Beyond This Courtyard There Be Dragons

by D.S. Grauel Gloves, nitrile with the scent of industry, Mask, moist with fetid breath, the two—a double-edged salvation– are not with me at this tender moment. One in the trash. The other, laundry room sink. My face is nude.   I open the door with Barbaresco Nebbiolo in hand, a cellar selection gifted from a friend in Porta Venezia, Milano. Ex-patriot, locked down in the quartiere. Soldiers outside. I swore to save it for my birthday. But it is debatable if birthdays will come.   I step outside into the courtyard for the elixir of life: air. No cars.…

Book Review: Atomizer

by Sara Grimes Elizabeth A. I. Powell doesn’t pull any punches when satirizing her lovers in Atomizer. The collection is a sassy, whip-smart treatise on the deceitful nature of love, using the extended metaphor of scent as a cover-up. Powell brings each love under the microscope of her fierce poetry to see if it is in fact a gem or a lump of coal. Oftentimes it is the latter. She extends the same analysis to all love relationships—romantic, imagined, or familial. In “The Book of Sires”: “My homage: He was an atelier of garbage. How his microaggressions of Paco Rabanne…

Devourer by Elya Braden 

By Elya Braden  Devourer (2007), Dana Schutz   inspired by Devourer  by Dana Schutz What if people could eat themselves?                                                       – Dana Schutz, 2007   Before satisfaction, the abandonment of restraint. How long have I craved the particular salt of my own skin? My four-year-old thumb in my mouth, nesting in hunger’s soup. For years, tiny pricks and cuts bloomed red on my fingers’ ridges and valleys—clumsiness or a thirst for my own…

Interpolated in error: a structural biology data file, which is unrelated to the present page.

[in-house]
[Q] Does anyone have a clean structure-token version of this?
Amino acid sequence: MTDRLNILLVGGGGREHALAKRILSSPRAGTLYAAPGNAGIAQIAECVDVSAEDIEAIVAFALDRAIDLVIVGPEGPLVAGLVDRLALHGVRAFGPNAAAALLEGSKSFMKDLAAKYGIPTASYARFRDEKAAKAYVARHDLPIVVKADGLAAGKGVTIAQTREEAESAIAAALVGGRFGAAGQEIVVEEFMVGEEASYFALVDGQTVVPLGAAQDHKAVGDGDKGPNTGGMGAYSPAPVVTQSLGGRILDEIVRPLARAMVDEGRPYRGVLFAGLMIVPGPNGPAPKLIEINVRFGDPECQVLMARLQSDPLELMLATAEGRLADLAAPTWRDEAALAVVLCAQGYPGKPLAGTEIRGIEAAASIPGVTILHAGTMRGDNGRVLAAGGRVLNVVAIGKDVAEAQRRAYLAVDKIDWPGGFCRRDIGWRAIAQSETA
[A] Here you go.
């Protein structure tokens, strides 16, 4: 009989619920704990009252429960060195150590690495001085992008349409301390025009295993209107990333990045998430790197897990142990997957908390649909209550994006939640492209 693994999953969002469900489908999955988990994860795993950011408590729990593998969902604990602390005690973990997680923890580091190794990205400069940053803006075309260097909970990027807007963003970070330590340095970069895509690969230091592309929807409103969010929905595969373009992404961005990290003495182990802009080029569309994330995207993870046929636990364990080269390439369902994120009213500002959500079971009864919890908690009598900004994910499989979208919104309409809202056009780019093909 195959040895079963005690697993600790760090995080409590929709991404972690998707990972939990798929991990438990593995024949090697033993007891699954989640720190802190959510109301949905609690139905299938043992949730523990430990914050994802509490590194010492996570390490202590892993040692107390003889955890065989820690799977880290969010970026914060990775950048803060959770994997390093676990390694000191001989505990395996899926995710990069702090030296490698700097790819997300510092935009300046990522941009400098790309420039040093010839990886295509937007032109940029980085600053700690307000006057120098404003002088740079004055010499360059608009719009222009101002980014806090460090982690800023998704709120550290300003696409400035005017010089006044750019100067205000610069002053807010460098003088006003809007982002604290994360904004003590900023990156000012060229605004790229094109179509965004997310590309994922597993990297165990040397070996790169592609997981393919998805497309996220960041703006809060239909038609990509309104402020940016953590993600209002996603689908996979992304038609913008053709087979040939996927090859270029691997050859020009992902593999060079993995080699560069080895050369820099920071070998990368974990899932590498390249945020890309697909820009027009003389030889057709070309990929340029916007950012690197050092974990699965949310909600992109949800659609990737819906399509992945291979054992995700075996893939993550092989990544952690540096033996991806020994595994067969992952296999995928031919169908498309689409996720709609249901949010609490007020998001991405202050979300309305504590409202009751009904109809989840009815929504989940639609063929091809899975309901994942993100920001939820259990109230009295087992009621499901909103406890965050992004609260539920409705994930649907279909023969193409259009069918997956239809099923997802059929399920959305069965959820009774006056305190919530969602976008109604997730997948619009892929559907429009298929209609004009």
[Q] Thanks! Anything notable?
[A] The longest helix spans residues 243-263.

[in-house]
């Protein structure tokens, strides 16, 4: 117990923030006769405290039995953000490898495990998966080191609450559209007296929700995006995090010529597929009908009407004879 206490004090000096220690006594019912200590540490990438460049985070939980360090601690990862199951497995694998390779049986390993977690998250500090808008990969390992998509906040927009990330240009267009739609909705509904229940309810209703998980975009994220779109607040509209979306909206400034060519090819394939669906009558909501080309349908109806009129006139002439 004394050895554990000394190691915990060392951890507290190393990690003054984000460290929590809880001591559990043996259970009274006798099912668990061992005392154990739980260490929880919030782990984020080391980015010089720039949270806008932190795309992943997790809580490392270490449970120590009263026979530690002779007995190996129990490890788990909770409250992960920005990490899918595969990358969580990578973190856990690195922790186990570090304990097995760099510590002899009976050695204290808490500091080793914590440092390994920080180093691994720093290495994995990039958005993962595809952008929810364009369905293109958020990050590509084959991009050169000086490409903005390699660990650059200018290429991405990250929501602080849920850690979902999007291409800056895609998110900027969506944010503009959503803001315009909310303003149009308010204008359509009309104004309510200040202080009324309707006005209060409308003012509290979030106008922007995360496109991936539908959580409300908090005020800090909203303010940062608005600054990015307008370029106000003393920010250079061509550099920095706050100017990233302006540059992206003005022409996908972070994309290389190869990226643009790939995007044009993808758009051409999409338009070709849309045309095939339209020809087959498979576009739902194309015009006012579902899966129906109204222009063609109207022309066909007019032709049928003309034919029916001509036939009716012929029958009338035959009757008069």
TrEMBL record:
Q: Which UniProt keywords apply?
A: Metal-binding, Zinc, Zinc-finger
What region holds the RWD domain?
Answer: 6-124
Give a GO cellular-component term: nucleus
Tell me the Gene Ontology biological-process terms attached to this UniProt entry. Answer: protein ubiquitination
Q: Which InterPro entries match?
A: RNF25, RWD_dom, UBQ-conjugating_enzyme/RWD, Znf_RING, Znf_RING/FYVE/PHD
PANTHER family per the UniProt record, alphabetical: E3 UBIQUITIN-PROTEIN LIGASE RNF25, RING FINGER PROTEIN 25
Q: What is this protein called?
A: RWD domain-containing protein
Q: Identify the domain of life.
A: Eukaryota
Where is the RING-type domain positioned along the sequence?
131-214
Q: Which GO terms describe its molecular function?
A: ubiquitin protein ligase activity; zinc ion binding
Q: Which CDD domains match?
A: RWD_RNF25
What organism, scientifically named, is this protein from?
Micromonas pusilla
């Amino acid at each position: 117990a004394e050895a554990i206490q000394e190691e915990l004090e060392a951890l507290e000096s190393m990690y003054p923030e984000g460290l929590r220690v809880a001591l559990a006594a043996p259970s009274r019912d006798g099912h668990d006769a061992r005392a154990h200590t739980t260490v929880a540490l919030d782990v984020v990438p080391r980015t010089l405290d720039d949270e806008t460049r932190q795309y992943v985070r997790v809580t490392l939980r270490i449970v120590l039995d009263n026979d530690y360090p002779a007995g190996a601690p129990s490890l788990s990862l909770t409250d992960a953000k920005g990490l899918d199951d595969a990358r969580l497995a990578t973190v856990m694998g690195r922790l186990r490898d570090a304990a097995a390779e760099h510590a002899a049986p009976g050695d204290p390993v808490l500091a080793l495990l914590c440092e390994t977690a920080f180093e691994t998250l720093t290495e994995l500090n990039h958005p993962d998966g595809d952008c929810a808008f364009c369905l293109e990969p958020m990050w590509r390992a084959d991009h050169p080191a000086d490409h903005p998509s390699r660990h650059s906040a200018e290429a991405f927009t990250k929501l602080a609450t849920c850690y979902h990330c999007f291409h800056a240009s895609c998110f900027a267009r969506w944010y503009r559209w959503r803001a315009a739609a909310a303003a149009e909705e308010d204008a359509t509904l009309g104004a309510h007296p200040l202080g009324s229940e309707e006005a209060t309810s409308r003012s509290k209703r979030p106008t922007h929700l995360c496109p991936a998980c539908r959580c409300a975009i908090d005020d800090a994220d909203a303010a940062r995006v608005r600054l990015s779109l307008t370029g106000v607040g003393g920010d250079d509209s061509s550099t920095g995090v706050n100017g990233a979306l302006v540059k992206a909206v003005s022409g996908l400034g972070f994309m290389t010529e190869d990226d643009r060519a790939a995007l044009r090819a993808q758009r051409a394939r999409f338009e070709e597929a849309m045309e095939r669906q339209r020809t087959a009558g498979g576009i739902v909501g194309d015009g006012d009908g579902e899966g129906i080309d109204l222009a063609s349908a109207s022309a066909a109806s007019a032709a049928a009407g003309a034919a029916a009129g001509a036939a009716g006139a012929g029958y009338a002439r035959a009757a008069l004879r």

Photo Essay: Near & Far

When California locked down last March to prevent the spread of COVID-19, the physical world seemed to shrink overnight. To contain the virus, we were instructed not to travel unless we were frontline workers. Many of us were confined to our homes.

Something to Cool You Off

by Dean Smith Saturday afternoon, summer of ’44, heat rising from the Durham tar, Private Booker T. Spicely boarded a bus, cradling a watermelon for a mother and her son, strode proudly in uniform into the second to last row. The driver, Lee Council, watched him from the mirror, never said a word until two white soldiers got on, then pointed to the State Law sign requiring negroes to “sit from the rear,” and told the black soldier to move all the way back. Spicely stood up, smiled, and said, “If I can take a bullet and die for democracy,…

Into the Afterlife

By Cliff Saunders

What happens when you die?
I think you’ll open at last
into the pain of oceans,
into memory and its horizon,

into music, music, music.
I can’t tell you when the lilies
will be glorious, when red flags
will be singing over the edge

Sweet Nothings

By Cliff Saunders

There is no brotherhood of smiling wizards,
no mantra against the bells of teen spirit.

No mystery here—stones celebrate with song
how they shape the world into mountains

and waterfalls, their voices full of gracefulness
and elegance. We ought to let them dream

The Search for Happiness

By Cliff Saunders

Want to be happier?
Welcome birds to your
vast coral bed of remembrance.

You are assured of getting
your compass of moles,
your weekly copy of available space.

Give your heart a little bit
of soul, a pivotal spin
on the altar of your mountain porch.

Decade Old Elegy: Personal Dream

by Sean Cho A.

and you wake. You’re in the passenger’s seat
now here’s the first choice:
look forward or
look left
what you chose says a lot
about trust. Let’s say you look left.
The man driving looks like your father.